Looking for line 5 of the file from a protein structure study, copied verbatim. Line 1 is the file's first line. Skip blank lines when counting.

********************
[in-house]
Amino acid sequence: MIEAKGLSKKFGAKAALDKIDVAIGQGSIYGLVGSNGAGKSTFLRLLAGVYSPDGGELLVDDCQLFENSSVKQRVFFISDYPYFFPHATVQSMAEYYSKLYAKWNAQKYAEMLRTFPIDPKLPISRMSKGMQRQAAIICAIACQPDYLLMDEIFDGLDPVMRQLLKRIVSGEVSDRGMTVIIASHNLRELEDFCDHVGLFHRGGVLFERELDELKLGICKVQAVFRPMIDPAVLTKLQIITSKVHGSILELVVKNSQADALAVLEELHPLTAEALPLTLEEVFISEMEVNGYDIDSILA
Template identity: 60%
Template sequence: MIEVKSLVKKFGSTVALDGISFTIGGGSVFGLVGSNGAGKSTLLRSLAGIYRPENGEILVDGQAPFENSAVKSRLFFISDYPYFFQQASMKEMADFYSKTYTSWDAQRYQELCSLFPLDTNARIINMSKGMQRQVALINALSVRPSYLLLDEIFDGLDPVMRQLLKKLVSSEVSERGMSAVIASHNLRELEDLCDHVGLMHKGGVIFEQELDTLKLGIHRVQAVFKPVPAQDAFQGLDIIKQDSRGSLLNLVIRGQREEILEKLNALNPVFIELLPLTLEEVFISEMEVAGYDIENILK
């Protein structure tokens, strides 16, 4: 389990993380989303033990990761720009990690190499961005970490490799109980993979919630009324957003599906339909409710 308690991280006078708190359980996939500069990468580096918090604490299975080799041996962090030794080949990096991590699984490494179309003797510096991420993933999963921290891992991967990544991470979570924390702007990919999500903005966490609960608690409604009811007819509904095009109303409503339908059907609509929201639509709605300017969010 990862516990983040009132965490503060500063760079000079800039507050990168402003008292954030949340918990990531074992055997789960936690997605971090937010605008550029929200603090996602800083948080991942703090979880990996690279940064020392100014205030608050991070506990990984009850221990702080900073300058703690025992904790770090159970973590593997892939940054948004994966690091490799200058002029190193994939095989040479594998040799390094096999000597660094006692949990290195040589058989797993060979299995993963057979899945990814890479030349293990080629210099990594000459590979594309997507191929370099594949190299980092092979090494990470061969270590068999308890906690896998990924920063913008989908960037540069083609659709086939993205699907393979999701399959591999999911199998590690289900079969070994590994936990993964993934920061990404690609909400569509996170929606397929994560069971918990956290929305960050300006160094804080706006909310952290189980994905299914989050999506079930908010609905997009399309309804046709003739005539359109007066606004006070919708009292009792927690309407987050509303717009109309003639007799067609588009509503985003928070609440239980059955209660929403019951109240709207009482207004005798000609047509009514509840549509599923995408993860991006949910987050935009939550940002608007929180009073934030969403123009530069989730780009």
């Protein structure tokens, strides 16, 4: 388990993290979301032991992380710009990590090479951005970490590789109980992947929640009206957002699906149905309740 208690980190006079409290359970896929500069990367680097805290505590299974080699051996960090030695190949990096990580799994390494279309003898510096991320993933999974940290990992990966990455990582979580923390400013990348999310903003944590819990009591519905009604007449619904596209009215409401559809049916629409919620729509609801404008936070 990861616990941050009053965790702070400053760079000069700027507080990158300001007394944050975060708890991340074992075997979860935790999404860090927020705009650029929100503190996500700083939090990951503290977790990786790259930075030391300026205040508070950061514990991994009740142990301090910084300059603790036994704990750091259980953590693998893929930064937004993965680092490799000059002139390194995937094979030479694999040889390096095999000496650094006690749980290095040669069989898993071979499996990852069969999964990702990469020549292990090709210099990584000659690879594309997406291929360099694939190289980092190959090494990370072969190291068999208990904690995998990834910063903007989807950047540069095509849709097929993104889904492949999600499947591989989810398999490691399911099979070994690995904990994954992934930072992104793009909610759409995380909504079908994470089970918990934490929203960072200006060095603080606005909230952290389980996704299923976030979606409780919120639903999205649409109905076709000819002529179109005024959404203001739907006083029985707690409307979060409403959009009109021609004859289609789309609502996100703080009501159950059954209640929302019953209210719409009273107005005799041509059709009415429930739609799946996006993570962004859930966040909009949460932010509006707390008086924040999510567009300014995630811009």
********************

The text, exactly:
């Protein structure tokens, strides 16, 4: 389990993380989303033990990761720009990690190499961005970490490799109980993979919630009324957003599906339909409710 308690991280006078708190359980996939500069990468580096918090604490299975080799041996962090030794080949990096991590699984490494179309003797510096991420993933999963921290891992991967990544991470979570924390702007990919999500903005966490609960608690409604009811007819509904095009109303409503339908059907609509929201639509709605300017969010 990862516990983040009132965490503060500063760079000079800039507050990168402003008292954030949340918990990531074992055997789960936690997605971090937010605008550029929200603090996602800083948080991942703090979880990996690279940064020392100014205030608050991070506990990984009850221990702080900073300058703690025992904790770090159970973590593997892939940054948004994966690091490799200058002029190193994939095989040479594998040799390094096999000597660094006692949990290195040589058989797993060979299995993963057979899945990814890479030349293990080629210099990594000459590979594309997507191929370099594949190299980092092979090494990470061969270590068999308890906690896998990924920063913008989908960037540069083609659709086939993205699907393979999701399959591999999911199998590690289900079969070994590994936990993964993934920061990404690609909400569509996170929606397929994560069971918990956290929305960050300006160094804080706006909310952290189980994905299914989050999506079930908010609905997009399309309804046709003739005539359109007066606004006070919708009292009792927690309407987050509303717009109309003639007799067609588009509503985003928070609440239980059955209660929403019951109240709207009482207004005798000609047509009514509840549509599923995408993860991006949910987050935009939550940002608007929180009073934030969403123009530069989730780009």